Applying For A TEFL Course: Do You Need To Be A Grammar Whiz?

g10030481.jpgTo apply for my CELTA, I first downloaded and filled out an application which consisted of some standard name-address-education forms as well as a language awareness “test,” which included questions like “how would you explain the word “generous”?” and “What’s the difference between I have lived in Rome for a year and I lived in Rome for a year?”

I was nervous because, like many American students my age, I’d had little formal instruction on English grammar. In the few “Language Arts” classes I’d had, there was some effort made to memorize prepositions (and refrain from ending sentences with them), name tenses, and justify correct answers with rules. But, again like many students, I just chose the answer that sounded right, as people tend to do with their own language.

However, I was determined not to use a reference book to help me in my application; it wasn’t by any means forbidden, but I didn’t want to get myself in over my head by presenting myself as better versed in grammar and language jargon than I really was. I used my own logic, reason, and critical thinking skills, and did just fine.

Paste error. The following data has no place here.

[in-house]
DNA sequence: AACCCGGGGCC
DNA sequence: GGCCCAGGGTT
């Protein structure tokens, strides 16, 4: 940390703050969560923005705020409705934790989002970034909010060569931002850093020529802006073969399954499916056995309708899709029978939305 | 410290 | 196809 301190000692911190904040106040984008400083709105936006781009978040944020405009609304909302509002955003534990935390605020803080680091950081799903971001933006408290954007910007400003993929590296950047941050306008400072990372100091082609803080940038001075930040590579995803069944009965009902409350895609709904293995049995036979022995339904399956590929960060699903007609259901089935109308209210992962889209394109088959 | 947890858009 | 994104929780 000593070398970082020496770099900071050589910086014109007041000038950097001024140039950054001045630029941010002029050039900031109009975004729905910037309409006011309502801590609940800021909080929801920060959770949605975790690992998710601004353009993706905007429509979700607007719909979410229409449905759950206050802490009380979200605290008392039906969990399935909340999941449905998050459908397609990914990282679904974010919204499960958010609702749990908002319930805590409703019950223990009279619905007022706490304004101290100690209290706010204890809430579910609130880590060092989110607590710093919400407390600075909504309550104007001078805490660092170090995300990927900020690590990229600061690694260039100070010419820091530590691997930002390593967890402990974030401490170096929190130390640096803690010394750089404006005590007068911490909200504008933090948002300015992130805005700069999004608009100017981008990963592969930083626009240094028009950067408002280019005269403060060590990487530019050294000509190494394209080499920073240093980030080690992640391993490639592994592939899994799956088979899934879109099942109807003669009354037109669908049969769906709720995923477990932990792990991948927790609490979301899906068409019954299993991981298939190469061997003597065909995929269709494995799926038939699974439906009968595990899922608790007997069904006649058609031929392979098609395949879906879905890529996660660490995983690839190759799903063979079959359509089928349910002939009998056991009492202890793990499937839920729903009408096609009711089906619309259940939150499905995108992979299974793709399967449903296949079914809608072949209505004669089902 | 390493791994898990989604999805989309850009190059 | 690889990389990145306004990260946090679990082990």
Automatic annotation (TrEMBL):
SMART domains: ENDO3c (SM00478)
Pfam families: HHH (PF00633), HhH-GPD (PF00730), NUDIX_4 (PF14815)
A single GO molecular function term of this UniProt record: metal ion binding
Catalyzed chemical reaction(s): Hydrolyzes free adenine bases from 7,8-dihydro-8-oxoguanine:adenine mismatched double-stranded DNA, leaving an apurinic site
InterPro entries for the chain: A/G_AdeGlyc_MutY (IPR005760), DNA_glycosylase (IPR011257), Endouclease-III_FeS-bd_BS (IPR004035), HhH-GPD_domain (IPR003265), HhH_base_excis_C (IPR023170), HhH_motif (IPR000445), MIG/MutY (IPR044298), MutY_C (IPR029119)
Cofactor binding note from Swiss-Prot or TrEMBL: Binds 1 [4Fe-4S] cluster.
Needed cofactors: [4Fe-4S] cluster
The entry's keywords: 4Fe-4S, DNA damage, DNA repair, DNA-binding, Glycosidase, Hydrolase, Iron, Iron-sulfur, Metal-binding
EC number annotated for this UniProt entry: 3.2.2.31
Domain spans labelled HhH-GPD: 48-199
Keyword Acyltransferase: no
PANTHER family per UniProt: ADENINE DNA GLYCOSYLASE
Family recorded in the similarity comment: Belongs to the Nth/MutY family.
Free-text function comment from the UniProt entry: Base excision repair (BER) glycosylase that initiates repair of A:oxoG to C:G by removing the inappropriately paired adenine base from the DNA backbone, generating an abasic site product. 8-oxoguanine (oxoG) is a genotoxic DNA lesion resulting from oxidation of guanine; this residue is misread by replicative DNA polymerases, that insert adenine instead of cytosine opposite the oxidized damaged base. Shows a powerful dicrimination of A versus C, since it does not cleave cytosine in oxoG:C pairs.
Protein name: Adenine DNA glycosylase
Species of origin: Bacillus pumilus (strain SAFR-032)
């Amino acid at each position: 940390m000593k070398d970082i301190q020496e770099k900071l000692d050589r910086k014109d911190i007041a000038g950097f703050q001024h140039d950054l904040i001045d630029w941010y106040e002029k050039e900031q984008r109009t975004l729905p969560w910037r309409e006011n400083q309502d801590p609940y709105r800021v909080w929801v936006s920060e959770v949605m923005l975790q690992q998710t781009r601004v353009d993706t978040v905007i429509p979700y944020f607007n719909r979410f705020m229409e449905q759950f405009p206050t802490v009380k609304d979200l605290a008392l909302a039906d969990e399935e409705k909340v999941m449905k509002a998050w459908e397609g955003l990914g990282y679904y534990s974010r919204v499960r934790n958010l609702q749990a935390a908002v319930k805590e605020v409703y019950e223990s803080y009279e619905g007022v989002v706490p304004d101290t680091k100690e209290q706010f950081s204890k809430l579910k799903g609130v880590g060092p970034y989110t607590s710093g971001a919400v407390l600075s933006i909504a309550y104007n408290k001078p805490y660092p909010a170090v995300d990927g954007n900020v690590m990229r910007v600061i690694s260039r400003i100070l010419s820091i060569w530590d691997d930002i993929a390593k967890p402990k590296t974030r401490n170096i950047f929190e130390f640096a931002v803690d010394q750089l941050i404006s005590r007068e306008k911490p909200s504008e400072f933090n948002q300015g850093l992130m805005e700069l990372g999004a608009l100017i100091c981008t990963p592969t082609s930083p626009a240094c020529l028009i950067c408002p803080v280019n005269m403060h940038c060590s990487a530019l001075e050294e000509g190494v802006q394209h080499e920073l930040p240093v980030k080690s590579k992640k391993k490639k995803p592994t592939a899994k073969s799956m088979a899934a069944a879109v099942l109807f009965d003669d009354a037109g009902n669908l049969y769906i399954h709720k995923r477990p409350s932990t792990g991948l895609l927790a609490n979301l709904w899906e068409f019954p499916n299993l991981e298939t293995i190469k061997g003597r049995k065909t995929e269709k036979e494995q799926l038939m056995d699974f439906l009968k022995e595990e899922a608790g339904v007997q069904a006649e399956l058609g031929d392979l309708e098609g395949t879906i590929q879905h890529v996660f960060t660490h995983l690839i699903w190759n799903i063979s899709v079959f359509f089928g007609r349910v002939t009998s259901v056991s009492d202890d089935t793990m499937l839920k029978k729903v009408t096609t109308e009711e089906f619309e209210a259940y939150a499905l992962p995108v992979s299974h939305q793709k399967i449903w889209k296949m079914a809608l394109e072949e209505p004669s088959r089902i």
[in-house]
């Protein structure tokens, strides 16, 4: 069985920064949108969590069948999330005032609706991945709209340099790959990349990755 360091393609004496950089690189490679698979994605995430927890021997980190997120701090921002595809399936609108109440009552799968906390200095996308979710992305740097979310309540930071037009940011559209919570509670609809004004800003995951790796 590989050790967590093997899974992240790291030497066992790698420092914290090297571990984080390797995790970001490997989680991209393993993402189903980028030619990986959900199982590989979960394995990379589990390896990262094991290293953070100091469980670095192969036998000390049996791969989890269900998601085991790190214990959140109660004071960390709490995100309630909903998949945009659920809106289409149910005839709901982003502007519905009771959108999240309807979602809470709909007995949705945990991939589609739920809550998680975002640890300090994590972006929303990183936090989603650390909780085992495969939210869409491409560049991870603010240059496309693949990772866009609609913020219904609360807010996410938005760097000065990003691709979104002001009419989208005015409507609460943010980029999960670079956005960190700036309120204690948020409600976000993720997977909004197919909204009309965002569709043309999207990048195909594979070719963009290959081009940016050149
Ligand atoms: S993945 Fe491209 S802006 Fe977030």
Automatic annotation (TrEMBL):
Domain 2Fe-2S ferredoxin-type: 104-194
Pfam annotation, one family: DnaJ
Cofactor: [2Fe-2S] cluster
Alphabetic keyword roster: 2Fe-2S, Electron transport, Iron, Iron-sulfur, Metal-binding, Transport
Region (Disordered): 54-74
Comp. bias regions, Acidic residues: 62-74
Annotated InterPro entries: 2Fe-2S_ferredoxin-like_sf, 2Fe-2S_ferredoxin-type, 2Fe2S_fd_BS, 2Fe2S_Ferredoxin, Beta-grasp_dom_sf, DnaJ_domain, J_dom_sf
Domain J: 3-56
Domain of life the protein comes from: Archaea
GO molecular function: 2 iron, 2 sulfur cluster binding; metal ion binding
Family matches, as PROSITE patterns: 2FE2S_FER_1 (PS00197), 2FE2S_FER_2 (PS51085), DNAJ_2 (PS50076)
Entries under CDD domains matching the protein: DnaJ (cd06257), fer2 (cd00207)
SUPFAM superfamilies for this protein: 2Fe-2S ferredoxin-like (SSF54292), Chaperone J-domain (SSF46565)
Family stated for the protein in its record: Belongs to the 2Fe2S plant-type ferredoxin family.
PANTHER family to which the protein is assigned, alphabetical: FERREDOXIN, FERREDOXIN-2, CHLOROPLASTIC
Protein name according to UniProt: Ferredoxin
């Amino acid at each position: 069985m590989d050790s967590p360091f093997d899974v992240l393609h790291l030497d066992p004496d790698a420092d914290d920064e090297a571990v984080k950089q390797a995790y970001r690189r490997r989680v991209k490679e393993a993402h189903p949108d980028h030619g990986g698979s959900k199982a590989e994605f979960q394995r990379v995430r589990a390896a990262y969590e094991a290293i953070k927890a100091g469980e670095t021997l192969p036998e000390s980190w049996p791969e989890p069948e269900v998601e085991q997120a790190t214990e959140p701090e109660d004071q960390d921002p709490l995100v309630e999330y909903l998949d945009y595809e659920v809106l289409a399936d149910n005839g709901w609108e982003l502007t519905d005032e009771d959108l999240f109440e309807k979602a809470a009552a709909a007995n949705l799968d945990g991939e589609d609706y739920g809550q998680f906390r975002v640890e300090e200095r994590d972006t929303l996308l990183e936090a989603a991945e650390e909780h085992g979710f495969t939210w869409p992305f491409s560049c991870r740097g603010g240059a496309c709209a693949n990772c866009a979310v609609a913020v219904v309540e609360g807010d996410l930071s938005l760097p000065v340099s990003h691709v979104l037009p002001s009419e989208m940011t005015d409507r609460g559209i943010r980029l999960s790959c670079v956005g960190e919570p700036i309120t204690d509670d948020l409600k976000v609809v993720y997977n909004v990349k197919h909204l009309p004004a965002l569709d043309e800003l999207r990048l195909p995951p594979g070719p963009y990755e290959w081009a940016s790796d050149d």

The second part of the process involved a phone interview. A teacher trainer from the school called me and went through a few more questions. I think the phone interview was less a grammar or vocabulary test and more a chance to see how I spoke and if I could just give a relatively appropriate response on the spot.

The application procedure seems to have the aim of checking if you can analyze your own language and explain things you take for granted clearly. Being able to name tenses at the drop of a hat and list the rules governing their use takes time, and those in charge of trainee recruitment don’t expect you to be able to do this from the start. But you do need to demonstrate critical thinking skills and the ability to simplify your language and understand what it’s like to be a learner. The TEFL course will take it from there.